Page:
Wednesday, September 26, 2018
@

 
  Home > Media Information > Current News Releases > Bedside Terminal

 
Jen-Ai Hospital - Dali installs the first Bedside Terminal in Taiwan

2003/12/20
BY MARK K. CHAN
TAICHUNG, JEN-AI HOSPITAL - DALI


@@Following in the footsteps of hospitals in the U.S., U.K. and Japan, Jen-Ai Hospital - Dali in Taichung County has installed the first bedside terminal in Taiwan. In collaboration with Japan's Fujitsu Company, Jen-Ai Hospital - Dali intends to give inpatients access to cable TV, webcam service, information about hospital services and using barcode technology to ensure the patients' safety regarding medical prescription, through this device. Other services such as radio, telephone, email, electronic medical records and a growing number of interactive services V including food ordering, will be added to the menu in the near future.

@@"With heightened interest in patient-centered services, it is important that Taiwan takes a step forward in providing patients with something to occupy their time and reducing medical errors in the hospitals. Jen-Ai Hospital - Dali has decided to purchase 10 bedside terminals in its initial stage, for the patients' entertainment, as well as for the patients' safety. We believe that by investing in this technology, we are offering ways to entertain our patients and prevent medical errors, at the same time, "says Dr. Daniel Chan Liao, the Superintendent of Jen-Ai Hospital - Dali.

@@The Institute of Medicine in the U.S. have claimed that medical errors have generated substantial costs in lives, injuries, and wasted health care resources, and that misuse of drugs is a major component of those errors. Errors committed during dispensation of drugs and ordering of medication are the top two reasons for errors in medication usage to occur. The Institute of Medicine also reported that in 1999, 770,000 people in the U.S. were injured, of which 44,000~98,000 people have died, because of medication errors.

@@As a result, hospitals have started to look for ways to reduce medical errors, in which the barcode technology was introduced into the hospital for this very purpose. Currently, only about 300 of the 6,600 hospitals in the U.S. use the barcode technology for patient safety reasons. However, it has been reported that by February 2004, the Food and Drug Administration will issue orders requiring that every medication sold to hospitals have a barcode identification number. As a result, some sources estimate that the number of hospitals investing in the barcode devices is expected to rise to 70 ~ 80% within 5 years.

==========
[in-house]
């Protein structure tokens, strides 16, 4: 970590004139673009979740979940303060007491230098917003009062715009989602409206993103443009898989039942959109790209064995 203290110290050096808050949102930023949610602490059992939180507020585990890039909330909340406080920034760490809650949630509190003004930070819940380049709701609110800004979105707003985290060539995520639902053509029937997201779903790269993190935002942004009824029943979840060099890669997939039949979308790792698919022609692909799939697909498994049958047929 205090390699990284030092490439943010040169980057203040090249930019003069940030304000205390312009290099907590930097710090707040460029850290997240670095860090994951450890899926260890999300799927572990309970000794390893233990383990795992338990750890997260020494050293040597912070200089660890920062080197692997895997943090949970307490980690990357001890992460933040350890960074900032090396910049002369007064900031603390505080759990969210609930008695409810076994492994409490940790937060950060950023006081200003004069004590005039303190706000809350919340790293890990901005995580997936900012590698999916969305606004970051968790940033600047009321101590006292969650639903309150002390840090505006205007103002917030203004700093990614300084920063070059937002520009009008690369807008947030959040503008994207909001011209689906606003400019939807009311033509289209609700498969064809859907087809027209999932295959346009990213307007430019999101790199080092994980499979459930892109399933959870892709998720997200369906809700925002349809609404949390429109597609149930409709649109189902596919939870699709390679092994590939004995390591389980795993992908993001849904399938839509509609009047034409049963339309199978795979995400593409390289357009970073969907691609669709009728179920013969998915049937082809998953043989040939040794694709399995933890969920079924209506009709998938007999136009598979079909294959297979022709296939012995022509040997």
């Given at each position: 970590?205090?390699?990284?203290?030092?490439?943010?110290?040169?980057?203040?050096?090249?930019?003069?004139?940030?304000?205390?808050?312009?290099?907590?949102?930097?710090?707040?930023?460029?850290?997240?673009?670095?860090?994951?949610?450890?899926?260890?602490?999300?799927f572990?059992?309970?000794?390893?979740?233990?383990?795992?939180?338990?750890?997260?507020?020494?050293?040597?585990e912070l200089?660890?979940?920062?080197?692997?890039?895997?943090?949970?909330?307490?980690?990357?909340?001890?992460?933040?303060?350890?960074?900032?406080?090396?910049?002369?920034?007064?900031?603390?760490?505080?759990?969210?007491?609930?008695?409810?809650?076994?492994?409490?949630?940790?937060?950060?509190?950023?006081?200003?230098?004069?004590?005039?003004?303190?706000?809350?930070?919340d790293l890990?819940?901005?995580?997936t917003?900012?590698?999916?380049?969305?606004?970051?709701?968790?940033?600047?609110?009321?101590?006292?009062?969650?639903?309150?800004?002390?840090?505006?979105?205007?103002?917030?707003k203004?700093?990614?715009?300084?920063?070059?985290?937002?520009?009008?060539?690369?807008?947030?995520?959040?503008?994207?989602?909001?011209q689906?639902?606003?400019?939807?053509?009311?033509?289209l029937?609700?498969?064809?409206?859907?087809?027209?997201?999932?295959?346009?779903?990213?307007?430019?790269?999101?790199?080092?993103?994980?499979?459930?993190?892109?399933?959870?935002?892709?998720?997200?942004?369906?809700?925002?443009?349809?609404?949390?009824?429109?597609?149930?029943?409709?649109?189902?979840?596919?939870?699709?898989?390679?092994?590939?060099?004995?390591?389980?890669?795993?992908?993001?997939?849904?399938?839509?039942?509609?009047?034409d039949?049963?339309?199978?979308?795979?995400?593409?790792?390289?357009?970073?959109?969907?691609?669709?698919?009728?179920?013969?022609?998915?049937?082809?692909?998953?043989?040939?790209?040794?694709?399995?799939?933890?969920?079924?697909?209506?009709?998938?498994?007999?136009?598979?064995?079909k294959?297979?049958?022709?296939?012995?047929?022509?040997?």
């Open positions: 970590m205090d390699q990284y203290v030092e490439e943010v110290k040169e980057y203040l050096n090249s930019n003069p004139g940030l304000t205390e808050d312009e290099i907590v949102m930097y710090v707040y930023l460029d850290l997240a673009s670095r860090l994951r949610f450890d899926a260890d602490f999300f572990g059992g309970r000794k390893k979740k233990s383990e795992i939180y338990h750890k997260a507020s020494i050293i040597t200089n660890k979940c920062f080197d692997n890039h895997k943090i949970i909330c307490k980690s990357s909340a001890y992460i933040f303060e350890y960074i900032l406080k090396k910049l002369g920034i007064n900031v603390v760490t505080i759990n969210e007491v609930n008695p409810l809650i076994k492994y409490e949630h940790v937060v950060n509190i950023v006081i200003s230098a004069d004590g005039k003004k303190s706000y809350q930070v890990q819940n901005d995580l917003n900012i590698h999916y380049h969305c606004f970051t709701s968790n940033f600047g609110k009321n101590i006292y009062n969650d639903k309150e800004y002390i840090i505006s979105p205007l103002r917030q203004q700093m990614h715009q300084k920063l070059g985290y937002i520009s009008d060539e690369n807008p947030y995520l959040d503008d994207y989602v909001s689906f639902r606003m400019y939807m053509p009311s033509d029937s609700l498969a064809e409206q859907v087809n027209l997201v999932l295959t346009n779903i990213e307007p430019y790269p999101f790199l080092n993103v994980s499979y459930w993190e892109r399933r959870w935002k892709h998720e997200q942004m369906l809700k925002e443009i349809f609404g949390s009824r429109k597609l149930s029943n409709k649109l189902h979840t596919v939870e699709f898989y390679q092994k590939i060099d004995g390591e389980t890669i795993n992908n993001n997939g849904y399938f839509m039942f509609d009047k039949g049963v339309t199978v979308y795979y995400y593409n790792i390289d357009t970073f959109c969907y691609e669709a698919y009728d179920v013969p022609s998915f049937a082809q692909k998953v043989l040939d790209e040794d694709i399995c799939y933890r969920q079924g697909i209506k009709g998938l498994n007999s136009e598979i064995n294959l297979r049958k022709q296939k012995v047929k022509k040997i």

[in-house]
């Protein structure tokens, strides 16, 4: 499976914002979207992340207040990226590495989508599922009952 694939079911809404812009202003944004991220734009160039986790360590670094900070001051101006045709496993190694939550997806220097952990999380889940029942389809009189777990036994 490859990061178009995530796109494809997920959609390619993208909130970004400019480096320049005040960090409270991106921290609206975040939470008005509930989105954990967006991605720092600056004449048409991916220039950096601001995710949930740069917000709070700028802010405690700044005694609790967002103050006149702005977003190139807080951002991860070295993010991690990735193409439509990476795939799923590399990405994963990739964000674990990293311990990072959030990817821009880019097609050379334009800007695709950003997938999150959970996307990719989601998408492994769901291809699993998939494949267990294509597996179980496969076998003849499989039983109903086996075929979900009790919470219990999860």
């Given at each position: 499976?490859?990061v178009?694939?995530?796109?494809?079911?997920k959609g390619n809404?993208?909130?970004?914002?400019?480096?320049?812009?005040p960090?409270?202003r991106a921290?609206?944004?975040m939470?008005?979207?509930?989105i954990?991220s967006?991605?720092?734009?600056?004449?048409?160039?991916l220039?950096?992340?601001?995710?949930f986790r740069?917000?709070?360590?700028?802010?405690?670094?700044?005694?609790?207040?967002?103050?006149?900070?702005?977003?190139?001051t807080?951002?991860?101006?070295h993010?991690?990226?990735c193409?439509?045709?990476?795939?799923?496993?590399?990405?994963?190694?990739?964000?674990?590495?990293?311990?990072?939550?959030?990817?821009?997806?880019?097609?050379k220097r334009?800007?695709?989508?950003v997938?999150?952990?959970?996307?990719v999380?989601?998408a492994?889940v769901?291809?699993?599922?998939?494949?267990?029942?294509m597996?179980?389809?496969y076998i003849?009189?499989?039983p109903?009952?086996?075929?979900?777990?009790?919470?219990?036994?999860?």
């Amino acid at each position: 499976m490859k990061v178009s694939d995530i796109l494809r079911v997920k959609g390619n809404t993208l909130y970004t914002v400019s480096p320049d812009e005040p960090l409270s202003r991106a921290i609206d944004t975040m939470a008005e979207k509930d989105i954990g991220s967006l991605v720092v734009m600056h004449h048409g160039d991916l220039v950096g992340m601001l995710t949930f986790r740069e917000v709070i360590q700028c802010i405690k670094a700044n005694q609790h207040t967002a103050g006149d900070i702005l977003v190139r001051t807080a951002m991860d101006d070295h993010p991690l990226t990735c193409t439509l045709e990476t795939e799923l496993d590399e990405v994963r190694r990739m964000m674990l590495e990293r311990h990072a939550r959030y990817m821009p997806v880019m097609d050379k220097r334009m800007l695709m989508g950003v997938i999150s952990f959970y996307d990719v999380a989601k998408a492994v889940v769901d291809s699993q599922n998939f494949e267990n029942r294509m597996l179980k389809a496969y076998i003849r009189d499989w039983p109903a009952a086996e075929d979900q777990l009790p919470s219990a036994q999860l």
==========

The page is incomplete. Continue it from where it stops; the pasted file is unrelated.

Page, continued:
@@"Department of Health in Taiwan has yet to get involved in the barcode technology for patient safety purposes, although relevant government bodies in the U.S., U.K. and in Japan have already started to move towards this initiative," says Dr. Chan Liao. "It's only a matter of time before Taiwan realizes that in order to keep up with the times, Taiwan will also have to invest in the barcode technology, combined with other useful services, such as the one offered by Jen-Ai Hospital - Dali's bedside terminal."

@@ The bedside terminal built solely by Fujitsu Company incorporates an LCD television screen propped up by an arm that hangs down from the ceiling. It uses the touch-screen technology, although remote control is available for ease of use. When medication needs to be administered to the patient, a barcode scanner is attached to the monitor, which will allow the nurses to scan the barcodes on their own IDs, patients' identification bracelets and the medicine bags, for verification purposes. If there is a discrepancy between the medical order and the actual medical prescription, the monitor displays an "error" message, which is color coded, allowing only the nurse to realize the error and investigate the problem.


 
 
 

©Copyright 2013 / All Rights Reserved / Jen-Ai Hospital
Disclaimer / Privacy Statement
e-mail to:  ipc@mail.jah.org.tw
Date Modified: 07/29/2004

Home